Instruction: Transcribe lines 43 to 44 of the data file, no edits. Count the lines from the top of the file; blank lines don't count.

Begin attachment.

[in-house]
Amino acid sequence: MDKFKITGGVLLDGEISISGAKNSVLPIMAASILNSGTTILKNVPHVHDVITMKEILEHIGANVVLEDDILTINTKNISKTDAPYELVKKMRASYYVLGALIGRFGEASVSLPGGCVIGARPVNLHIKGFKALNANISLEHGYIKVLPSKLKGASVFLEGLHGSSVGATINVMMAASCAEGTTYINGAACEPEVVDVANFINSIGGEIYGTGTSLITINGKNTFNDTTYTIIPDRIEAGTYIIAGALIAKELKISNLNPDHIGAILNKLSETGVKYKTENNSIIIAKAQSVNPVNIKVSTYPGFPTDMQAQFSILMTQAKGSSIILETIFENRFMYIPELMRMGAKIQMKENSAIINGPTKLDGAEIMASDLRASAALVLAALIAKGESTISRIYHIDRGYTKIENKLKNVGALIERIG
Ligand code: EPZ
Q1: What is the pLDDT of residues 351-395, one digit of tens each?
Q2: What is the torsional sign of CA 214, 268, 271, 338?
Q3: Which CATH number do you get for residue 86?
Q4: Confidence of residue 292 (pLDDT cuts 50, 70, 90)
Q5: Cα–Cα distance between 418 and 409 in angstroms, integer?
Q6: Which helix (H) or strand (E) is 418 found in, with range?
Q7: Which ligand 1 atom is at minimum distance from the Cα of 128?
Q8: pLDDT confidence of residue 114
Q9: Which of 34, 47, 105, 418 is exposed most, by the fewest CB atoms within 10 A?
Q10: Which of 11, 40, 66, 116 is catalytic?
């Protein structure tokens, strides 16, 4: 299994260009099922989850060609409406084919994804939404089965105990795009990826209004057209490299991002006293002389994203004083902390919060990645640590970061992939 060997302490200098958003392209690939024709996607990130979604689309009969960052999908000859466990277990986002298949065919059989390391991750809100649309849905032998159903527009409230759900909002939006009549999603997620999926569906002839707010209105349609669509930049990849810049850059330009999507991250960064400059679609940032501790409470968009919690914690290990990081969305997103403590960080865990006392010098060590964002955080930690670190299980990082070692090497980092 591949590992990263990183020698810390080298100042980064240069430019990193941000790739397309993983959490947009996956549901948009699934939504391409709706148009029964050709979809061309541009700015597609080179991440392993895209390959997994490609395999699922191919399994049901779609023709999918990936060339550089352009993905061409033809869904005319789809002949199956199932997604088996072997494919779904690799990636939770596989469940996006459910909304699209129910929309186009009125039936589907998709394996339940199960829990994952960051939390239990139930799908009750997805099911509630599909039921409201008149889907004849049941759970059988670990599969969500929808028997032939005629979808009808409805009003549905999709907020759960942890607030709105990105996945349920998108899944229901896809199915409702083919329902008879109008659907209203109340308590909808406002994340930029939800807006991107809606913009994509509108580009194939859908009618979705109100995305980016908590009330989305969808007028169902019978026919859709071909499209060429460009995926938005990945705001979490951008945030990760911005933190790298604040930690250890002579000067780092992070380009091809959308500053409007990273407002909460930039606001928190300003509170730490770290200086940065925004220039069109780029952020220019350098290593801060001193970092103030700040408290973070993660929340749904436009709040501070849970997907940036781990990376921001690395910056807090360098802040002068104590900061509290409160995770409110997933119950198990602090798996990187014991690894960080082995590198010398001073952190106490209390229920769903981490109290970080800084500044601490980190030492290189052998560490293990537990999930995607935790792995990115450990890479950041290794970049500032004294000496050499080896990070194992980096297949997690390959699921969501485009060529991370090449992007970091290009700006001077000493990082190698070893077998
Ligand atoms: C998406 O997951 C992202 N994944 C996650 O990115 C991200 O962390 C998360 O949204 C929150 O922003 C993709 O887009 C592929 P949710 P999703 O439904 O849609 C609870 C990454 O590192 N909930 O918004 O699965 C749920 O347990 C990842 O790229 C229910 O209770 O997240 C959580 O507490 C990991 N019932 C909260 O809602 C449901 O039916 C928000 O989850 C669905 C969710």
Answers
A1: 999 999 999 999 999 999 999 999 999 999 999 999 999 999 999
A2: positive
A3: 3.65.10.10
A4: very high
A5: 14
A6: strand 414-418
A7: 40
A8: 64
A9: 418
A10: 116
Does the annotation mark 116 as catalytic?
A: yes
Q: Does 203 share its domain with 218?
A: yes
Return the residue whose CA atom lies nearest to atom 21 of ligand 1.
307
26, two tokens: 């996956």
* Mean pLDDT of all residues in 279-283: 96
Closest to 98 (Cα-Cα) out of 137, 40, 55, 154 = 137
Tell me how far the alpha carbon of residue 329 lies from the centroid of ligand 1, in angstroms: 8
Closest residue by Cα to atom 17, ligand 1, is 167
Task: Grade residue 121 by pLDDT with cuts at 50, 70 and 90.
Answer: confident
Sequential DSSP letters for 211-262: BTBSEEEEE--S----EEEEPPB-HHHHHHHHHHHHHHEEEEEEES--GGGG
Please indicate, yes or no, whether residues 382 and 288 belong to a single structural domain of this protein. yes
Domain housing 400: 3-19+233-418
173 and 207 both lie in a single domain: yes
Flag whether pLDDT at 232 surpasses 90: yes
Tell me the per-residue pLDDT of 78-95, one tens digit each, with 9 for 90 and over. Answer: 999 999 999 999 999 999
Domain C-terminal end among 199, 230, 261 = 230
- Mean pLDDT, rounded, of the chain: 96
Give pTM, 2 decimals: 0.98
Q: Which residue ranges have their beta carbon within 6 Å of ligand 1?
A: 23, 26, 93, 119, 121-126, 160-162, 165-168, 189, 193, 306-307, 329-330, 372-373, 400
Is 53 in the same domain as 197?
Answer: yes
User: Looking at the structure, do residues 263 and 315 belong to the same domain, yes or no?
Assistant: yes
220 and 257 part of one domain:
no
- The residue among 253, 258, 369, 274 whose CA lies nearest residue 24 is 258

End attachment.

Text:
173 and 207 both lie in a single domain: yes
Flag whether pLDDT at 232 surpasses 90: yes